What We’re Watching: Blowbacks in the Gulf and South Africa

"Sabotage" in the Gulf – On Sunday, four commercial ships, including two Saudi oil tankers, were hit by a "sabotage attack" off the coast of the United Arab Emirates. So far, no one has claimed responsibility, but Tehran is in the spotlight. Iran recently threatened to close the nearby Strait of Hormuz – a critical waterway for global oil shipments – in retaliation against tighter US sanctions. Whether this attack was carried out by Iran, or by someone trying to implicate Iran, rising tensions between the US and the Islamic Republic mean this is worth keeping an eye on.

Ramaphosa on offense – Celebrating victory in last week's national election, South Africa's President Cyril Ramaphosa made a bold promise to tackle corruption within his party, the governing African National Congress (ANC), "whether some people like it or not." By "some people" he's pointing directly at former President Jacob Zuma and those still loyal to him within the ANC. This shows us that Ramaphosa believes his win gives him an opportunity to consolidate authority within a divided party and to sideline the discredited Zuma faction once and for all. We'll be watching to see how Zuma (directly or indirectly) responds.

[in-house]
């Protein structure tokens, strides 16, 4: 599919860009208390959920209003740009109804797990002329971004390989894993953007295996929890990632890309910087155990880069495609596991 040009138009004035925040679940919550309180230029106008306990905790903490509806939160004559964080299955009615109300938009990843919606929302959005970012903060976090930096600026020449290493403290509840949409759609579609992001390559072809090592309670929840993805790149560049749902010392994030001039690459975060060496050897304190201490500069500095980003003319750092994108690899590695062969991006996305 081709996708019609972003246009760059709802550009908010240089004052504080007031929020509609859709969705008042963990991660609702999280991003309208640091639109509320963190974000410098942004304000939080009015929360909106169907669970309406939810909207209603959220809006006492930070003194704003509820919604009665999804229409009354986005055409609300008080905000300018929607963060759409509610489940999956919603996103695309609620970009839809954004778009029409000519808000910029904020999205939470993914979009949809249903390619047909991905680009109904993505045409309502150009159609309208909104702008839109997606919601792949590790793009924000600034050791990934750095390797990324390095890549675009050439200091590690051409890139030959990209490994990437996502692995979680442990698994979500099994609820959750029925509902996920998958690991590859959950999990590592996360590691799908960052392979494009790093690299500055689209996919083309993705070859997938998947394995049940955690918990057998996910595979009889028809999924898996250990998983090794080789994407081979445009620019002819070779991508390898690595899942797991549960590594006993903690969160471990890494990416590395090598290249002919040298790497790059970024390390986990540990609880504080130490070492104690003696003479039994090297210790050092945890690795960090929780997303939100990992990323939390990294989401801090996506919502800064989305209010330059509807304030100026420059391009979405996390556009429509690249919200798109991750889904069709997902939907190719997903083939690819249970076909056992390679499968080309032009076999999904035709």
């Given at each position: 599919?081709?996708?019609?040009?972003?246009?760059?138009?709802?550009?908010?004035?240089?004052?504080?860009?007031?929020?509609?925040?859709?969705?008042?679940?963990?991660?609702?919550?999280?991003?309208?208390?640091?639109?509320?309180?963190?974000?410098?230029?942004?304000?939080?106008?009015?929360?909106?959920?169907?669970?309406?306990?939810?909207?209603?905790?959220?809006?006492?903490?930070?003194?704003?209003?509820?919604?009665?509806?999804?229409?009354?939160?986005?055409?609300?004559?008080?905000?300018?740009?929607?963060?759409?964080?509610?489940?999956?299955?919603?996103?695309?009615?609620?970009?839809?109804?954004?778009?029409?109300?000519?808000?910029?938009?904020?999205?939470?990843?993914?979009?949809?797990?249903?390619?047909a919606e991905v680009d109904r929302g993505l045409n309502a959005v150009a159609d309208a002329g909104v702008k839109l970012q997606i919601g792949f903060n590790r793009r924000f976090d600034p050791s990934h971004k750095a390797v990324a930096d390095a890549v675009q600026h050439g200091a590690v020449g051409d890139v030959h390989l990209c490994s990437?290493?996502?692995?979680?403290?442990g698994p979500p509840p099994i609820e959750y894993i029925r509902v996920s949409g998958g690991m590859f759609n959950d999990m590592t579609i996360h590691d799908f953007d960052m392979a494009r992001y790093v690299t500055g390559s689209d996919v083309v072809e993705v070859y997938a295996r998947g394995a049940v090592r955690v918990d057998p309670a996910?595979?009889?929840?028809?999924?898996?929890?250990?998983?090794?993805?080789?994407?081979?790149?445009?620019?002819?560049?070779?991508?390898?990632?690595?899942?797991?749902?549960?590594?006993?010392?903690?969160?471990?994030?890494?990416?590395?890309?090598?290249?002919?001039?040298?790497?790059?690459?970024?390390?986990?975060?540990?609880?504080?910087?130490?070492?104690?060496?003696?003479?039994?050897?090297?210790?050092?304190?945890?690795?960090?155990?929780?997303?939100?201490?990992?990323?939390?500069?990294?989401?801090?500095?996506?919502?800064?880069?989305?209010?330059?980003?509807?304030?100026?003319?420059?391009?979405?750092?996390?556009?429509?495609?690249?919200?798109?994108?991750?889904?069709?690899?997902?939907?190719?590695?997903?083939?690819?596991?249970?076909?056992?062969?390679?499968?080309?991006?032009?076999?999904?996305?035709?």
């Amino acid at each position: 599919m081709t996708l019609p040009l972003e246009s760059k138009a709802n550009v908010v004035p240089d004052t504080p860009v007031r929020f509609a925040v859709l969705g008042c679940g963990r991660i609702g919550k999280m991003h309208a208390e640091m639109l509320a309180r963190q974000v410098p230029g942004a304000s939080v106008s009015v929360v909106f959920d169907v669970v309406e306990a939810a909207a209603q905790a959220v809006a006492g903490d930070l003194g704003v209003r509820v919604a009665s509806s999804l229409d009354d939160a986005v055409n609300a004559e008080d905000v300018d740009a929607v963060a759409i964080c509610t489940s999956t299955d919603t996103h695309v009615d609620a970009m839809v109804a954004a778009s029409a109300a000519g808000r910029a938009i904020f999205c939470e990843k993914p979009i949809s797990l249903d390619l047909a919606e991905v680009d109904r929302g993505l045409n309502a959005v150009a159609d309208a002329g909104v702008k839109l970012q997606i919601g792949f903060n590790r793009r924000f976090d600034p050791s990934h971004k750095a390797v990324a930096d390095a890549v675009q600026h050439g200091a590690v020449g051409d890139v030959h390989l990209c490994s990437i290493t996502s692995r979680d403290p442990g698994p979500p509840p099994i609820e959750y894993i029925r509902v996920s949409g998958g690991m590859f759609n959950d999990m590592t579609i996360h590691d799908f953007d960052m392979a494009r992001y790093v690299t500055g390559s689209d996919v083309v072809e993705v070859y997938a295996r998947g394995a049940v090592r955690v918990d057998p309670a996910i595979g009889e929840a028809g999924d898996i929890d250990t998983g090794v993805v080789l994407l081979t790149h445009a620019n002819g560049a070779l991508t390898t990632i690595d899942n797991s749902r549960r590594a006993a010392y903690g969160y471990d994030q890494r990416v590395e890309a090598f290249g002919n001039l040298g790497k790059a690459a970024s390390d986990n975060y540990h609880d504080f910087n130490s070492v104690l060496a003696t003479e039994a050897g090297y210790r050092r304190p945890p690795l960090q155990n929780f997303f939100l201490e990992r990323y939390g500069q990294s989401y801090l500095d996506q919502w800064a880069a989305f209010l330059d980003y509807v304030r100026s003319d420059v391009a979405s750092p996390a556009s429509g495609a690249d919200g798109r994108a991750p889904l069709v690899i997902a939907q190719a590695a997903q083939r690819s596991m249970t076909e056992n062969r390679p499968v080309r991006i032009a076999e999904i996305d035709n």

What We're Ignoring: Mike in Sochi, Burgers in Traffic

Mike Pompeo in Sochi – The US secretary of state arrives in Sochi today for talks with Russian President Vladimir Putin. Top on the agenda are likely to be Venezuela, where Moscow and Washington back rival contestants for power, as well as Iran, where Moscow still supports the nuclear deal which the US left last year. We are, however, ignoring the secretary of state's visit, because we – and, presumably, Mr Putin – have learned that unless Trump himself is involved, its hard to be certain just what, if anything, Pompeo can really achieve.